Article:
Clerk’s first wife and son died young. He married again and had several children. His direct heir in the male line, the present Sir John Clerk of Penicuik, still lives at Penicuik House, and it is with his permission that the editions used here were made from Clerk’s original manuscripts.
As a handsome and attractive young man in a continental society much more liberated than his own, Clerk must have found himself often tempted. Dic mihi saeve puer charts these temptations with a sensual honesty and a religious hopefulness, while harking back with subtle reference to the Italian custom of courtesans dancing in drag, and ending with more desperation than hope. It is a little masterpiece of emotional drama.
The cantata is 250 bars long divided into seven sections. The fourth section starts on bar 100. The first and last sections have the same number of bars. To what extent this is deliberate and what its significance may be have yet to be made out, but it is clear that Clerk had a very definite desire to unify the structure overall, for he has based every single section on the same motif of a descending third—marvellously varied in treatment but unmistakable as a unifying factor.
The cantata starts with an expressive introduction to the opening recitative and arioso protesting at the cruel beauty of Cupid, a boy with the limbs of a young girl who inflicts ‘mille mille vulnera’—‘a thousand thousand wounds’. There follows a languishing arioso section which blends protest and submission to the fires and chains of love, and this leads into a prayer to Venus to have pity, which Clerk sets in the form of an old-fashioned triple-time galliard. The choice is deliberate. The Italians, according to Morley, writing a century earlier:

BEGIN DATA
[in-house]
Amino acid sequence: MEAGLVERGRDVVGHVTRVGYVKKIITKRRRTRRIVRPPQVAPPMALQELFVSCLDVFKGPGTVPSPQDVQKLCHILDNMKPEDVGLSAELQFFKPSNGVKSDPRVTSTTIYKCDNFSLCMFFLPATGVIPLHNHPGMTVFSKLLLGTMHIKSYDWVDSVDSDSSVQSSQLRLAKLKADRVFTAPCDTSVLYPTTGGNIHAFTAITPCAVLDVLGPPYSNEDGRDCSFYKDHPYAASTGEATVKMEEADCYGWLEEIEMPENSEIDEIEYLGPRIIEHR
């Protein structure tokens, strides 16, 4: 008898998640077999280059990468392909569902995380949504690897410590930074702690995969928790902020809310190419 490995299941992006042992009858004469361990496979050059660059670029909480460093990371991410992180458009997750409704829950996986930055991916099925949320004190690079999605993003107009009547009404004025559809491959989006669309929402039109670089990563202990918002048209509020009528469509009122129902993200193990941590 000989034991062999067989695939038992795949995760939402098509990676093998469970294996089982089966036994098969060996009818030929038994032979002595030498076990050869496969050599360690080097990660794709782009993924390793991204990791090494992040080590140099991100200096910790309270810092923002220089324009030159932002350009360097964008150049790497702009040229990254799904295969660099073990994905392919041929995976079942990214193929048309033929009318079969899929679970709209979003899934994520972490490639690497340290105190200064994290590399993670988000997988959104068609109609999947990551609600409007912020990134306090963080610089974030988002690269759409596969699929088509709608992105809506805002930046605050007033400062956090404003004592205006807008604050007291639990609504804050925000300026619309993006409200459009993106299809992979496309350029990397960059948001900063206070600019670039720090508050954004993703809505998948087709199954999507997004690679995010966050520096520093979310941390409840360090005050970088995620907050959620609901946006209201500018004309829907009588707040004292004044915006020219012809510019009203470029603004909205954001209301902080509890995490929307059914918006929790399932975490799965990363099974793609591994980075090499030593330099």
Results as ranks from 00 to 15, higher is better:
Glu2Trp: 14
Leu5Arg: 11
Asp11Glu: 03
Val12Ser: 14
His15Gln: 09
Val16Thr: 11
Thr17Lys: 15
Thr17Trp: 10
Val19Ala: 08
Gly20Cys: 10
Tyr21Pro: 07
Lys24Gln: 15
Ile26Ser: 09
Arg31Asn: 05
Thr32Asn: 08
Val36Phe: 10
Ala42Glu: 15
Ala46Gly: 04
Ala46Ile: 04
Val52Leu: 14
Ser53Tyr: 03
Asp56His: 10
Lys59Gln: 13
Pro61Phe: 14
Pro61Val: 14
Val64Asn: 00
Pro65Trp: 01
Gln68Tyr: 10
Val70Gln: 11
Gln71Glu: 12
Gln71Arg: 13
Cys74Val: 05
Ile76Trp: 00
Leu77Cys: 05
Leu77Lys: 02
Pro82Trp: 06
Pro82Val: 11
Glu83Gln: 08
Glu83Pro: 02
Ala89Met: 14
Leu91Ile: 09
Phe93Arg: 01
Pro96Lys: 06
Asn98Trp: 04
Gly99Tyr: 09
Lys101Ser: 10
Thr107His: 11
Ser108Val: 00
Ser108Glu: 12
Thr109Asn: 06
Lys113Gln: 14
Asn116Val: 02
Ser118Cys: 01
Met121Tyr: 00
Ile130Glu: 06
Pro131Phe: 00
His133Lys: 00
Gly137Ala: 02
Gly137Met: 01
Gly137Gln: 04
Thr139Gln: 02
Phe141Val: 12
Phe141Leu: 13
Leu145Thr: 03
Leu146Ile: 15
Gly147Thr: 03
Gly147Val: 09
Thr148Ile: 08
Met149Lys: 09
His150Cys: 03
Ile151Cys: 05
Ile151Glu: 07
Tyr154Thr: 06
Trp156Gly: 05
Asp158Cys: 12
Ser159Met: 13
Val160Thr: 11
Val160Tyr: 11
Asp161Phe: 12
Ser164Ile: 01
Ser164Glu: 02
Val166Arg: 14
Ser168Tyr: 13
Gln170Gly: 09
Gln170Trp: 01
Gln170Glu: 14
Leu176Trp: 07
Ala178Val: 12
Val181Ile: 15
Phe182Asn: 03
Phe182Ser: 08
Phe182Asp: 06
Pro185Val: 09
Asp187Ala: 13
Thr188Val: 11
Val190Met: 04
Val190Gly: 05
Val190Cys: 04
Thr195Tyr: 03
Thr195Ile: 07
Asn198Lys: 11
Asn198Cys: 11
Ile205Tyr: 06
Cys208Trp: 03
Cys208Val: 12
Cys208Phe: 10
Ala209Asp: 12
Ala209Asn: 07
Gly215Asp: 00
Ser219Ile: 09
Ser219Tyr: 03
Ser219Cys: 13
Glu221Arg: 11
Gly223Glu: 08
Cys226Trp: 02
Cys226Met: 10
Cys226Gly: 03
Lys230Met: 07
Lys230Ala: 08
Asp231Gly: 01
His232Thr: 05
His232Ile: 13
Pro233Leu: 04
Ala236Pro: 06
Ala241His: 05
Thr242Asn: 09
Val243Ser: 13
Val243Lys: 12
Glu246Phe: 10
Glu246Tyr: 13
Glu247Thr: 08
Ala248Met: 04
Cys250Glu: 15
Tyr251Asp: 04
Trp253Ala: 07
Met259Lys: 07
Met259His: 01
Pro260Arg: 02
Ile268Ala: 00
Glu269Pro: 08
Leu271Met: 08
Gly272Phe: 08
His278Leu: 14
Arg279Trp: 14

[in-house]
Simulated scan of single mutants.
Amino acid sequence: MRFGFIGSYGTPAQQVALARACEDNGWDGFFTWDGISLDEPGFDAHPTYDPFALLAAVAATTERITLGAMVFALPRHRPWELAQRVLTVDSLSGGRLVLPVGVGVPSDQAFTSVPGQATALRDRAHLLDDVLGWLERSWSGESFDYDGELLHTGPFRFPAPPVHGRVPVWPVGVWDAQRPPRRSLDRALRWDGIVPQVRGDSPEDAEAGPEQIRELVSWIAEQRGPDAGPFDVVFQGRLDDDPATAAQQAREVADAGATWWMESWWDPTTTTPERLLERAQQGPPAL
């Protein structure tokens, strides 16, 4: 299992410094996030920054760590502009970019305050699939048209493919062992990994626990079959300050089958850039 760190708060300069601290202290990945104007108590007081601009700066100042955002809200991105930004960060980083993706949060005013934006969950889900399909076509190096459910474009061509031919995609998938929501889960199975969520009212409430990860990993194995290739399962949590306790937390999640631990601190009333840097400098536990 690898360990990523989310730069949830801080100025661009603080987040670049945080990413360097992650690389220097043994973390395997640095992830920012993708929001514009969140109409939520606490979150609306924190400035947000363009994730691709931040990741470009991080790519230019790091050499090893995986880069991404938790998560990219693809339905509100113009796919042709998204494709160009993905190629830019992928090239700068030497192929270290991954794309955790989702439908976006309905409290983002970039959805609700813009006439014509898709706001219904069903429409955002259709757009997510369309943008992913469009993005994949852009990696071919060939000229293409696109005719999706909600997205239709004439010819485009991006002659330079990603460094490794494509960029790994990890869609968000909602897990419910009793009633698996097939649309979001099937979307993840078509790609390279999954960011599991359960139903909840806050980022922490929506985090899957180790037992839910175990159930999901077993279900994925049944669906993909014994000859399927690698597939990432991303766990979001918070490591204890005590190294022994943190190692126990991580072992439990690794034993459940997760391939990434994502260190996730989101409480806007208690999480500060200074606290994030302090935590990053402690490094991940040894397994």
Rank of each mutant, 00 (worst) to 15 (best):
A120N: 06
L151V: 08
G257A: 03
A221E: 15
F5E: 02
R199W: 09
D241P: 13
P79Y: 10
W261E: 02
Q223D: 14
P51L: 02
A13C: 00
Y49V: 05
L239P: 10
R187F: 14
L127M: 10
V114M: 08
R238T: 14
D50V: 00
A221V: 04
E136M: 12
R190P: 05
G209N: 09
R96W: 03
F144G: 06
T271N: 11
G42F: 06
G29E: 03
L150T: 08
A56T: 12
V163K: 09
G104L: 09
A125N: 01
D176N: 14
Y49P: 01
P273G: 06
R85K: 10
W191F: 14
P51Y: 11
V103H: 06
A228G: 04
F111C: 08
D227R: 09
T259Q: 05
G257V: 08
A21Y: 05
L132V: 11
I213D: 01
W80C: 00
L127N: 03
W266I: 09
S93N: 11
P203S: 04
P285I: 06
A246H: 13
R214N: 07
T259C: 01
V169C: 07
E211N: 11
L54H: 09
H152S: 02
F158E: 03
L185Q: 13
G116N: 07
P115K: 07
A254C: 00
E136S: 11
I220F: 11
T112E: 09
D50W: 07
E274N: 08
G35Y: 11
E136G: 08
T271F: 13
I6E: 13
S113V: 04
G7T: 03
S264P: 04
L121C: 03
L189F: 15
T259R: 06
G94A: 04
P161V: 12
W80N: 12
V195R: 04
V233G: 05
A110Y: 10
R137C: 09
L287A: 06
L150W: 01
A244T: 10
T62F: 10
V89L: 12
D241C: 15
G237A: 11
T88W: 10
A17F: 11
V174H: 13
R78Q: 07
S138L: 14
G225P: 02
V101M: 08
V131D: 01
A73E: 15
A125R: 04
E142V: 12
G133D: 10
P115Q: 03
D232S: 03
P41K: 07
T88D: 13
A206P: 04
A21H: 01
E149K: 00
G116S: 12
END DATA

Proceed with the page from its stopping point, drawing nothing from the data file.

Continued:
Make their Galliards plain, and frame ditties to them which in their masquerades they sing and dance, and many times without any instruments at all, but instead of instruments they have courtesans disguised in men’s apparel who sing and dance to their own songs.
Clerk’s galliard has a spare instrumental accompaniment and re-enacts that ancient love ritual, the confused sexuality of the courtesans matched by the confused sexuality of Cupid; the whole dedicated to Venus.
The cantata ends with the singer’s heart aflame with the tortures of love, longing for release in death from the bow of dread desire, the ‘wanton bands’ of young tender girls. The music is in places distracted, in others despairing, and ends in desperate but clearly hopeless determination.
It is possible that the equivocal sexuality of the piece is mirrorred in the numerological structure: adding the number of bars of various combinations of adjacent sections produces many numbers which read backwards the same as they read forwards: 99, 151, 88, 101, 121, and the famously inverted 69.